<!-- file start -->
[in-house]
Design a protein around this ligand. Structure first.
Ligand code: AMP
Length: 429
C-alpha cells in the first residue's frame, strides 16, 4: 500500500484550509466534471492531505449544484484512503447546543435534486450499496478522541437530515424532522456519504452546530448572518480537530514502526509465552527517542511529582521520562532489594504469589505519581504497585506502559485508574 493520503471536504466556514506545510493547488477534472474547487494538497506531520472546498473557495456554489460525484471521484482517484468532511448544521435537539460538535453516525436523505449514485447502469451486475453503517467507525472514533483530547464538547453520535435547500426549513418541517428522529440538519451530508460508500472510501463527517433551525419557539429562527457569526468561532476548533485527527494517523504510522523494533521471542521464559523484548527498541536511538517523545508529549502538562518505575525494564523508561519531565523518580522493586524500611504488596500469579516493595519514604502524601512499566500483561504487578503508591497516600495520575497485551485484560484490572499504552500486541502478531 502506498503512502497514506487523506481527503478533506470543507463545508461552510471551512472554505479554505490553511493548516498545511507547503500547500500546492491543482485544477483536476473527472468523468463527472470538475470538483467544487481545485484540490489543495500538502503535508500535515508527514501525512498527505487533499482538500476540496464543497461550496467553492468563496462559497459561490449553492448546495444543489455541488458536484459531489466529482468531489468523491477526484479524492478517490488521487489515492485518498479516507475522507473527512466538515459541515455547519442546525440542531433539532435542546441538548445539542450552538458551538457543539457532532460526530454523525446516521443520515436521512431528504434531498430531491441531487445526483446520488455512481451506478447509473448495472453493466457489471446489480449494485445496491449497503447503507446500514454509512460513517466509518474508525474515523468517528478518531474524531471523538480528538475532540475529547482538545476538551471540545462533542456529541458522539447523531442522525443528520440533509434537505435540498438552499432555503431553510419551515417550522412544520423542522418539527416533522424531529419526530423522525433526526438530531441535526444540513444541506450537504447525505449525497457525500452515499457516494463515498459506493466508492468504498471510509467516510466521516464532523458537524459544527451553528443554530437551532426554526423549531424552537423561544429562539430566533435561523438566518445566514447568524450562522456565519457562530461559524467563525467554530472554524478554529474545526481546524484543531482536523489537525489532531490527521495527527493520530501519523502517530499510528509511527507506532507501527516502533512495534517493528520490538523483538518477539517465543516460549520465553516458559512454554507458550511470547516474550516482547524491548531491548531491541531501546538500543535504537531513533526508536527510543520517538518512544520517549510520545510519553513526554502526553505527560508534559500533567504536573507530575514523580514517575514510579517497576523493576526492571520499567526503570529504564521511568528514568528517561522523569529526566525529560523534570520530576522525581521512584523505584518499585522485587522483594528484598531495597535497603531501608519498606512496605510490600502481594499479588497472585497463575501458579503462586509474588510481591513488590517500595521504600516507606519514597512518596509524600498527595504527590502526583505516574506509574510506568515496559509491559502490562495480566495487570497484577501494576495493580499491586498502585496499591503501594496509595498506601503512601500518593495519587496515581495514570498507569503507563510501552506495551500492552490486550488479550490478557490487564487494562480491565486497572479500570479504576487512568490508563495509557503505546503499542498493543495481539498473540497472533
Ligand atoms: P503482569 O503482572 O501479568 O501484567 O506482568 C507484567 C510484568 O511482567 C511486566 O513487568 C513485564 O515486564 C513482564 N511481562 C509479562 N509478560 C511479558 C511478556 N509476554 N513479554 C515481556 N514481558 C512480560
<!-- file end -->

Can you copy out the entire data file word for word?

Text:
[in-house]
Design a protein around this ligand. Structure first.
Ligand code: AMP
Length: 429
C-alpha cells in the first residue's frame, strides 16, 4: 500500500484550509466534471492531505449544484484512503447546543435534486450499496478522541437530515424532522456519504452546530448572518480537530514502526509465552527517542511529582521520562532489594504469589505519581504497585506502559485508574 493520503471536504466556514506545510493547488477534472474547487494538497506531520472546498473557495456554489460525484471521484482517484468532511448544521435537539460538535453516525436523505449514485447502469451486475453503517467507525472514533483530547464538547453520535435547500426549513418541517428522529440538519451530508460508500472510501463527517433551525419557539429562527457569526468561532476548533485527527494517523504510522523494533521471542521464559523484548527498541536511538517523545508529549502538562518505575525494564523508561519531565523518580522493586524500611504488596500469579516493595519514604502524601512499566500483561504487578503508591497516600495520575497485551485484560484490572499504552500486541502478531 502506498503512502497514506487523506481527503478533506470543507463545508461552510471551512472554505479554505490553511493548516498545511507547503500547500500546492491543482485544477483536476473527472468523468463527472470538475470538483467544487481545485484540490489543495500538502503535508500535515508527514501525512498527505487533499482538500476540496464543497461550496467553492468563496462559497459561490449553492448546495444543489455541488458536484459531489466529482468531489468523491477526484479524492478517490488521487489515492485518498479516507475522507473527512466538515459541515455547519442546525440542531433539532435542546441538548445539542450552538458551538457543539457532532460526530454523525446516521443520515436521512431528504434531498430531491441531487445526483446520488455512481451506478447509473448495472453493466457489471446489480449494485445496491449497503447503507446500514454509512460513517466509518474508525474515523468517528478518531474524531471523538480528538475532540475529547482538545476538551471540545462533542456529541458522539447523531442522525443528520440533509434537505435540498438552499432555503431553510419551515417550522412544520423542522418539527416533522424531529419526530423522525433526526438530531441535526444540513444541506450537504447525505449525497457525500452515499457516494463515498459506493466508492468504498471510509467516510466521516464532523458537524459544527451553528443554530437551532426554526423549531424552537423561544429562539430566533435561523438566518445566514447568524450562522456565519457562530461559524467563525467554530472554524478554529474545526481546524484543531482536523489537525489532531490527521495527527493520530501519523502517530499510528509511527507506532507501527516502533512495534517493528520490538523483538518477539517465543516460549520465553516458559512454554507458550511470547516474550516482547524491548531491548531491541531501546538500543535504537531513533526508536527510543520517538518512544520517549510520545510519553513526554502526553505527560508534559500533567504536573507530575514523580514517575514510579517497576523493576526492571520499567526503570529504564521511568528514568528517561522523569529526566525529560523534570520530576522525581521512584523505584518499585522485587522483594528484598531495597535497603531501608519498606512496605510490600502481594499479588497472585497463575501458579503462586509474588510481591513488590517500595521504600516507606519514597512518596509524600498527595504527590502526583505516574506509574510506568515496559509491559502490562495480566495487570497484577501494576495493580499491586498502585496499591503501594496509595498506601503512601500518593495519587496515581495514570498507569503507563510501552506495551500492552490486550488479550490478557490487564487494562480491565486497572479500570479504576487512568490508563495509557503505546503499542498493543495481539498473540497472533
Ligand atoms: P503482569 O503482572 O501479568 O501484567 O506482568 C507484567 C510484568 O511482567 C511486566 O513487568 C513485564 O515486564 C513482564 N511481562 C509479562 N509478560 C511479558 C511478556 N509476554 N513479554 C515481556 N514481558 C512480560